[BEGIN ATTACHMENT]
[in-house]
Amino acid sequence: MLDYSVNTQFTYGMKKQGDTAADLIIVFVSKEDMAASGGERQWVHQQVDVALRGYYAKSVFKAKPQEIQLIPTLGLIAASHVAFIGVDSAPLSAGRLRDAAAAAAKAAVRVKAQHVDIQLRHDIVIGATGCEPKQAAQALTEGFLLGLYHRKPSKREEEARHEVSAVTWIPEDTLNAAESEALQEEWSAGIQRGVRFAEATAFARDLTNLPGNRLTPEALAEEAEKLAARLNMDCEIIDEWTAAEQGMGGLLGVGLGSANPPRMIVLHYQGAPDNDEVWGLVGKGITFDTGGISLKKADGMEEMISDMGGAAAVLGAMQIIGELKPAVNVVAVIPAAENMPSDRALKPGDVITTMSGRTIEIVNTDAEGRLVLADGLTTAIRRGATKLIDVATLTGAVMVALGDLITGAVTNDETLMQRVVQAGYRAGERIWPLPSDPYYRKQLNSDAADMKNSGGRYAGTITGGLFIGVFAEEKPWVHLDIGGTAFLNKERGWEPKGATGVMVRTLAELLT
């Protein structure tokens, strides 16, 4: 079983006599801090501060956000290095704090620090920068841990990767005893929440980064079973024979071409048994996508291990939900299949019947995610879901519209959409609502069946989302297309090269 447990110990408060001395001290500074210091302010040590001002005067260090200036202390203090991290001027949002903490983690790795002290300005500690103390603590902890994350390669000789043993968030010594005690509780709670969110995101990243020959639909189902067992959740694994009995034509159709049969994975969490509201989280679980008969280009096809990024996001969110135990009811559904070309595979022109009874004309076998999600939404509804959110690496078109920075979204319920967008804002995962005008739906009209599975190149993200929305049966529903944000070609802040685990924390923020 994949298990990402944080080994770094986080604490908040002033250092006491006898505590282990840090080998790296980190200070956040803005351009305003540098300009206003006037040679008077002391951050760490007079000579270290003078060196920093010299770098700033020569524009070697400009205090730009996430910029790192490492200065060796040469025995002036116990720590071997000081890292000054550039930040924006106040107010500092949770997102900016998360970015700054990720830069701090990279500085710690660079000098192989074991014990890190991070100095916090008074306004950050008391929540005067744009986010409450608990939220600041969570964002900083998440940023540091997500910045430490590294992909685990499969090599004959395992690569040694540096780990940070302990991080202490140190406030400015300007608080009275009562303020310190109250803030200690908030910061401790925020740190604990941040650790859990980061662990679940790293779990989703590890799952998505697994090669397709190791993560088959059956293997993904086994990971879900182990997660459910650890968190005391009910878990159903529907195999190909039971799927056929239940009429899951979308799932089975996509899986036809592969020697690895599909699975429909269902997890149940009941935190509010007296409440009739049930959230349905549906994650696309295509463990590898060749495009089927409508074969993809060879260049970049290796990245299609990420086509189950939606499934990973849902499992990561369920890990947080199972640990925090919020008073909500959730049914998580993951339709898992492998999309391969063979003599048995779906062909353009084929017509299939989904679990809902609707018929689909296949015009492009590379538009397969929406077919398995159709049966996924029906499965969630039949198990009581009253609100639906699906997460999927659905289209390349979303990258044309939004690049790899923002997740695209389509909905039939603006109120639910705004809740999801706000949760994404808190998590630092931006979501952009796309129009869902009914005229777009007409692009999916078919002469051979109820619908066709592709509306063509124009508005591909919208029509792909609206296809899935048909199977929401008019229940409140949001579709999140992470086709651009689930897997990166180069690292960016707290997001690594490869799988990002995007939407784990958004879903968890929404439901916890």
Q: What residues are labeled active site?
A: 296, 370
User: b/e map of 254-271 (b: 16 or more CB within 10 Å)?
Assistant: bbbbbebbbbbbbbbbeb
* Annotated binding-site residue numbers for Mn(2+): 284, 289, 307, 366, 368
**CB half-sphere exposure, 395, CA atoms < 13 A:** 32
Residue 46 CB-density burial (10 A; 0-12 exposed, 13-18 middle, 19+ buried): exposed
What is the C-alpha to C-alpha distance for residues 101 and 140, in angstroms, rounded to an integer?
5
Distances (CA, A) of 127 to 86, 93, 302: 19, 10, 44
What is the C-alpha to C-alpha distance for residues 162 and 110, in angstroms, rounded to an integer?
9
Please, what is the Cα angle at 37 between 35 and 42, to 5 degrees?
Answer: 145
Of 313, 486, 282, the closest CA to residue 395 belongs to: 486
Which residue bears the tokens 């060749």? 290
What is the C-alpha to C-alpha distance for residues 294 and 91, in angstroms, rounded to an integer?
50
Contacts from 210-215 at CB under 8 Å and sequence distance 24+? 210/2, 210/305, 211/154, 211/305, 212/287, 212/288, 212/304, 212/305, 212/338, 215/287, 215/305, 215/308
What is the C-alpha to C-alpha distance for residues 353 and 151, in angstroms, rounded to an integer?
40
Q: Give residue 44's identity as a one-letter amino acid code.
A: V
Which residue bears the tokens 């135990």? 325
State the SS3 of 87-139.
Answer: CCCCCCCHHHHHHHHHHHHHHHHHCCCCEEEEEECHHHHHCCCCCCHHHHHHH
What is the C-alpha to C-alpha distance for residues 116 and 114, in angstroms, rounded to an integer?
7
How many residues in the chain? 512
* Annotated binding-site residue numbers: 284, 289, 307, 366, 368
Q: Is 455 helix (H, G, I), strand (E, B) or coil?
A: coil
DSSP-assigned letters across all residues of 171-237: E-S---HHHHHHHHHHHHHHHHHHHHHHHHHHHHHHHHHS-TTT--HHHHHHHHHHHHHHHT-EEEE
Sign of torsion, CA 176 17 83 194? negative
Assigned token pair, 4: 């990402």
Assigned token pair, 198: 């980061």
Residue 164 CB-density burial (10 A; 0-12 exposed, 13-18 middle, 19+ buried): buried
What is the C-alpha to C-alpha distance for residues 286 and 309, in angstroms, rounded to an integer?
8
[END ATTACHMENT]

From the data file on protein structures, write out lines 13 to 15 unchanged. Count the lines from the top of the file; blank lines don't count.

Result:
Distances (CA, A) of 127 to 86, 93, 302: 19, 10, 44
What is the C-alpha to C-alpha distance for residues 162 and 110, in angstroms, rounded to an integer?
9